Making Decisions Mobile

Spurred by the growth of mobile transactions, expected to grow by 40 times by 2015,  the increase in the rate and pace of data is accelerating the IT opportunity around business analytics and optimization.

When combined with the unprecedented growth of the mobile workforce, this presents an opportunity for businesses to embrace the borderless office and extract intelligence to better interact with customers.

A recent IBM study with 1,900 CFOs globally revealed analytics-driven organizations had 33% more revenue growth with 32% more return on capital invested.

To address these changing market dynamics, IBM is announcing a set of new business analytics and information management offerings:

  • Cognos 10: New software that brings together the power of social collaboration and analytics for business users to gain real-time intelligence in a single, user-friendly interface  — online or through mobile devices such as ipad, iphones and blackberries.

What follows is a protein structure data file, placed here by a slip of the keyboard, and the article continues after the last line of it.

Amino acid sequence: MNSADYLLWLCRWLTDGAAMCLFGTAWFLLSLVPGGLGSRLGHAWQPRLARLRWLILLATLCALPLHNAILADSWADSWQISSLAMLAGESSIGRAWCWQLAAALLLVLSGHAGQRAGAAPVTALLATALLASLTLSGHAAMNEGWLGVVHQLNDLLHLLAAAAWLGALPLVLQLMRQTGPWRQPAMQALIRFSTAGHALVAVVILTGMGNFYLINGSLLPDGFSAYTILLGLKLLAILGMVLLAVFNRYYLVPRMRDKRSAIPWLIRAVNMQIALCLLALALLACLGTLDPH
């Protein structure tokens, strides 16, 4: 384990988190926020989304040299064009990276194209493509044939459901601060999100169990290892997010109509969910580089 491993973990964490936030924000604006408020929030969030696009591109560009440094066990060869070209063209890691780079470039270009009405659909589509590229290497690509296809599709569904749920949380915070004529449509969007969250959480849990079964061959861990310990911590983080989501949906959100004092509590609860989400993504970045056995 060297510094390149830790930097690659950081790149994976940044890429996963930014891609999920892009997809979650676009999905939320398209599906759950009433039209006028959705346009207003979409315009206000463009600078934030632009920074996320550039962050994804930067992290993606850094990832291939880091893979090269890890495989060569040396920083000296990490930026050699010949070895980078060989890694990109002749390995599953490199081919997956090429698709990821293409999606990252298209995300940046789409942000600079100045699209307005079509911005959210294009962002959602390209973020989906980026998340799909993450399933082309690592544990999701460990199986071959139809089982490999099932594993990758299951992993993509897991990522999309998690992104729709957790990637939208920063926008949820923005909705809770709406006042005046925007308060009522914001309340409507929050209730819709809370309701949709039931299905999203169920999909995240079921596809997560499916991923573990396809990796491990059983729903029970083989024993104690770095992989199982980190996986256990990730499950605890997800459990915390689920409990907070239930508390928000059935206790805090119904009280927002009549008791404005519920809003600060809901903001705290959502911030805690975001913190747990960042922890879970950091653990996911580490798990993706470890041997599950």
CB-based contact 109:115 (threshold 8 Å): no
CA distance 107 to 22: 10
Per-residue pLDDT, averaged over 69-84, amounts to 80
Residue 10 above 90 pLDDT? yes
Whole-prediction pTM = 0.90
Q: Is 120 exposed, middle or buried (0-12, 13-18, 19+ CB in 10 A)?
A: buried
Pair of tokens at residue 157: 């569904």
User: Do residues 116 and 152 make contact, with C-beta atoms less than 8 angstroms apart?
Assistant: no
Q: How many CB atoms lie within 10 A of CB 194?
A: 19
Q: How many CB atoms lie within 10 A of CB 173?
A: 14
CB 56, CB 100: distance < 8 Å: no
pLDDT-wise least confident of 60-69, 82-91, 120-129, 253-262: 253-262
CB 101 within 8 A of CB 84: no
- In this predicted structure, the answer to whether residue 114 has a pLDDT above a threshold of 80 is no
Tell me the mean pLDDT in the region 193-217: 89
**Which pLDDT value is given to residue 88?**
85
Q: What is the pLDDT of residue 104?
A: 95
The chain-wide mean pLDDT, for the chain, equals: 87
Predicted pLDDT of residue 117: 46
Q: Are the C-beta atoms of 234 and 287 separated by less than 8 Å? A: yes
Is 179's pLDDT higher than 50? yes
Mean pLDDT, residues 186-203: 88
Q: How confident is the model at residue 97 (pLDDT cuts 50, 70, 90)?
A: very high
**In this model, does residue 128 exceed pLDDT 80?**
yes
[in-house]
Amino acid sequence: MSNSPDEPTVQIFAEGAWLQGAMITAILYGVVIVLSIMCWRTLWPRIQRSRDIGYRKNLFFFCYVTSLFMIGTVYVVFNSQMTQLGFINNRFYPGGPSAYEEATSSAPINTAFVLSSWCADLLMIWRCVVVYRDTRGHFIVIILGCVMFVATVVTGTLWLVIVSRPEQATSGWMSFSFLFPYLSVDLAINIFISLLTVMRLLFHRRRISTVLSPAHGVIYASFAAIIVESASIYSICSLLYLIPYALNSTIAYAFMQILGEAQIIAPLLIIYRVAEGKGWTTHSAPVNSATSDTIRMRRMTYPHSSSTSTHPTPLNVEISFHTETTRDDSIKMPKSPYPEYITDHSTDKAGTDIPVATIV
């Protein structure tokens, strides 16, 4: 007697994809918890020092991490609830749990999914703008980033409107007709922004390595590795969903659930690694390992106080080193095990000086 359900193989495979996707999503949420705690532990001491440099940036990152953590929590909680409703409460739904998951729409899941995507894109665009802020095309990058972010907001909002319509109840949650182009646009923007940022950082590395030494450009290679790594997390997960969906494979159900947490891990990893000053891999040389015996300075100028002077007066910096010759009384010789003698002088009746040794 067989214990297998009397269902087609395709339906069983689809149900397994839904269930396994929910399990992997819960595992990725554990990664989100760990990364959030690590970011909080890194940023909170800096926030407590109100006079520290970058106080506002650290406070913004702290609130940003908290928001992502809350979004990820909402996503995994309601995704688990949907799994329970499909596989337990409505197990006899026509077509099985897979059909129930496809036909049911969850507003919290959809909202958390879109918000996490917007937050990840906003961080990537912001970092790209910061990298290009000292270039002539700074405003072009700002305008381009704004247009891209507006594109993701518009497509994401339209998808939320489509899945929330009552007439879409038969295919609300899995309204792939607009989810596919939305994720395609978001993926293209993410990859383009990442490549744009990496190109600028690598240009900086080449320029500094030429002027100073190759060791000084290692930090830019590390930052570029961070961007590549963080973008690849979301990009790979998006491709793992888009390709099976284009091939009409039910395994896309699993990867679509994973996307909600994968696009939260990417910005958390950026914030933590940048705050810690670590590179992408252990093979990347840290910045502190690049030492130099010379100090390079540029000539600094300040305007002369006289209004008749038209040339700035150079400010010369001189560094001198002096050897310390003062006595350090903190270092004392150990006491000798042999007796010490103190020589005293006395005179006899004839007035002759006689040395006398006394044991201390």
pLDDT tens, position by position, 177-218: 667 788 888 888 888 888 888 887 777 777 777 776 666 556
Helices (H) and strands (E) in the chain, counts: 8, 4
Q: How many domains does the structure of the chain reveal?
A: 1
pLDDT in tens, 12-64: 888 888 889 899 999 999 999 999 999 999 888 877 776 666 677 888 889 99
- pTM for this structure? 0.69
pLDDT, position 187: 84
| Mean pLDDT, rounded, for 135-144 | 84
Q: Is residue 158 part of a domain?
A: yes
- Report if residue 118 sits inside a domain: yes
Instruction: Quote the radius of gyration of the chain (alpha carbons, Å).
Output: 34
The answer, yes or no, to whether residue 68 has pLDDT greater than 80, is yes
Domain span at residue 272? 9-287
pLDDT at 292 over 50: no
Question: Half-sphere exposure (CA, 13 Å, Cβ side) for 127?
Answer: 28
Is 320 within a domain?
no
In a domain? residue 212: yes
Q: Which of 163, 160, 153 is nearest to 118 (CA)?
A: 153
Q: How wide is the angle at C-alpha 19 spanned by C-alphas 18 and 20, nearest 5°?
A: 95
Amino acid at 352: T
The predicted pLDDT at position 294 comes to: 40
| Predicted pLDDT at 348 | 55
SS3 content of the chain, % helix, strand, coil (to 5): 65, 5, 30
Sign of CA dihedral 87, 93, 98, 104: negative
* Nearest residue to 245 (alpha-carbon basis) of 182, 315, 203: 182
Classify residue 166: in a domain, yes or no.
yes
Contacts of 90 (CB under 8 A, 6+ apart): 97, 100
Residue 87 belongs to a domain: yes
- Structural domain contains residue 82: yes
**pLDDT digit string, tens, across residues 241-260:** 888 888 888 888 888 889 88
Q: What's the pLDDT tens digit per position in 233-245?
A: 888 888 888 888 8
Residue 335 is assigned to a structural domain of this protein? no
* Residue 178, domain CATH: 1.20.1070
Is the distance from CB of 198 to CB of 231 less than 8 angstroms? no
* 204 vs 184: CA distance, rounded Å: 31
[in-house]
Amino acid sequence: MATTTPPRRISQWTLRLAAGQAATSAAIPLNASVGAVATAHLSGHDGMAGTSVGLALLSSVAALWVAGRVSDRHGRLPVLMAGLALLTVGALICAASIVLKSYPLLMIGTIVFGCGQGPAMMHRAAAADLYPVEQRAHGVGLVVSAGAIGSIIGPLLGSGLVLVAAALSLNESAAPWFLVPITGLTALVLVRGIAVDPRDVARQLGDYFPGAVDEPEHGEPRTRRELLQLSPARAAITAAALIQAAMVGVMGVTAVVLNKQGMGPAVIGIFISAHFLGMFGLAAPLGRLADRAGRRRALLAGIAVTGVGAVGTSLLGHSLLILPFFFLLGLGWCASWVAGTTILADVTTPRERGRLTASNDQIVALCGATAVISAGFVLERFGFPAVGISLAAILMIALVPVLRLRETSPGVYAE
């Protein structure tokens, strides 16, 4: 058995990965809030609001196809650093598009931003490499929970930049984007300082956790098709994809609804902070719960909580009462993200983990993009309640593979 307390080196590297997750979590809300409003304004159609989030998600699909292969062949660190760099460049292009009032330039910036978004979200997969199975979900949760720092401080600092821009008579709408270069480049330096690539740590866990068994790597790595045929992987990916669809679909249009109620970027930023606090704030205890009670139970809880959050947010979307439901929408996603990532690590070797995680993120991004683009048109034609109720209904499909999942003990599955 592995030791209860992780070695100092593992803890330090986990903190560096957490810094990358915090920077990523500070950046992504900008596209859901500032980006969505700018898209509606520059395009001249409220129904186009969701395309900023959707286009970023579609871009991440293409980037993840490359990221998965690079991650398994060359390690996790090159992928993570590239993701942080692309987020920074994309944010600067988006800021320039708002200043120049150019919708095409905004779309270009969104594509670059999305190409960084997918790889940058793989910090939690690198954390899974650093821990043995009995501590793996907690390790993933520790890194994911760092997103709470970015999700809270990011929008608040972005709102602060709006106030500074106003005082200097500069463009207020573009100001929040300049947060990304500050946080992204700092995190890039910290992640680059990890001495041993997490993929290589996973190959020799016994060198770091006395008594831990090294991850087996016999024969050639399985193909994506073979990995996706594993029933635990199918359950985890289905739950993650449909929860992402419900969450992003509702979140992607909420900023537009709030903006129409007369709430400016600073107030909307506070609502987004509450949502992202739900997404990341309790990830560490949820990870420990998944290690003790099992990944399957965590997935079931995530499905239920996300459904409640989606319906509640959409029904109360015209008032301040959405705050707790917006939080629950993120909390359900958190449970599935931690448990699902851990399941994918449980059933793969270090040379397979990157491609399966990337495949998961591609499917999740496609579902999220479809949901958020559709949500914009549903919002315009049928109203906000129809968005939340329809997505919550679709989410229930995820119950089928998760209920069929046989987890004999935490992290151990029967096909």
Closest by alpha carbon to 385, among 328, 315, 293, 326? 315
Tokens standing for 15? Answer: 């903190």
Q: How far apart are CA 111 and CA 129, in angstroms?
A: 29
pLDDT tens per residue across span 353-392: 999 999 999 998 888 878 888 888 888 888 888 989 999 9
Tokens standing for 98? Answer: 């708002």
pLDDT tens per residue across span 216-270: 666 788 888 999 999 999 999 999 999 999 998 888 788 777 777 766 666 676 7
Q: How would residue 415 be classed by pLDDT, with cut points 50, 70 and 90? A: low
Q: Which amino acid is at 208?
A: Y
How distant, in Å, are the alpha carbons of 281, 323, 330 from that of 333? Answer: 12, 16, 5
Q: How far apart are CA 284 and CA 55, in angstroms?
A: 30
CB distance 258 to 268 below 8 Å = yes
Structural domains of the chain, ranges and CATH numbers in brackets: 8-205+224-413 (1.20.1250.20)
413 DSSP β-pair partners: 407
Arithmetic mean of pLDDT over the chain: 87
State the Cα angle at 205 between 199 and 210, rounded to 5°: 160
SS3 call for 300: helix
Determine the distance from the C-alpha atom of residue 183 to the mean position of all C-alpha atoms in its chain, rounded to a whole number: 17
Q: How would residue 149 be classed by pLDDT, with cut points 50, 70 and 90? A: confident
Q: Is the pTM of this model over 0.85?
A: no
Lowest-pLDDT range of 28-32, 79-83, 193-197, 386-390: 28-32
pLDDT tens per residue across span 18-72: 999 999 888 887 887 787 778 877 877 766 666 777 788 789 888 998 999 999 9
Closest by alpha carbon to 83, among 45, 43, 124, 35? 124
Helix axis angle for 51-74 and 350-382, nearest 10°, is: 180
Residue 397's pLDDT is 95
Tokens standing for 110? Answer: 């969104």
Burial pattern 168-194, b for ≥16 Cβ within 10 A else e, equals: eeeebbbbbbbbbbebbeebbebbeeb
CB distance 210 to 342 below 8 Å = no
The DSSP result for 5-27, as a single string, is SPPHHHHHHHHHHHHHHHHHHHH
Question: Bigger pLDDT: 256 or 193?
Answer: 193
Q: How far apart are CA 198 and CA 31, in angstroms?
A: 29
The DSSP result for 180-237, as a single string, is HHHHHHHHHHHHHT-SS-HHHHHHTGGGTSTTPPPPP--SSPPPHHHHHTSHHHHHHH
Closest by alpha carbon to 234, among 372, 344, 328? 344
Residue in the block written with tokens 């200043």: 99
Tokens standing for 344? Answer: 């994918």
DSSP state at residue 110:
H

• DB2 10: New database software that helps businesses combine data – from past, present and future, delivering 40% performance improvements.
  • IBM InfoSphere Server: New software that redefines how an organization handles data behind the scenes with faster and more accurate integration of diverse forms of data, and the ability to see the quality of data before it’s used.

A technology preview of  Hadoop-based big data analytics software running on premise and the IBM Test Development cloud.

New Analytics Software: Bringing Speed to Insight with Social Collaboration and Mobile

Today, with the launch of Cognos 10, IBM is delivering the most significant analytics offering since the acquisition of Cognos, one of the largest acquisitions in IBM history.

For the first time, this new software brings together the power of social collaboration with Lotus Connections software and business analytics with Cognos in one unified experience with intuitive navigation capabilities and simplified user experience.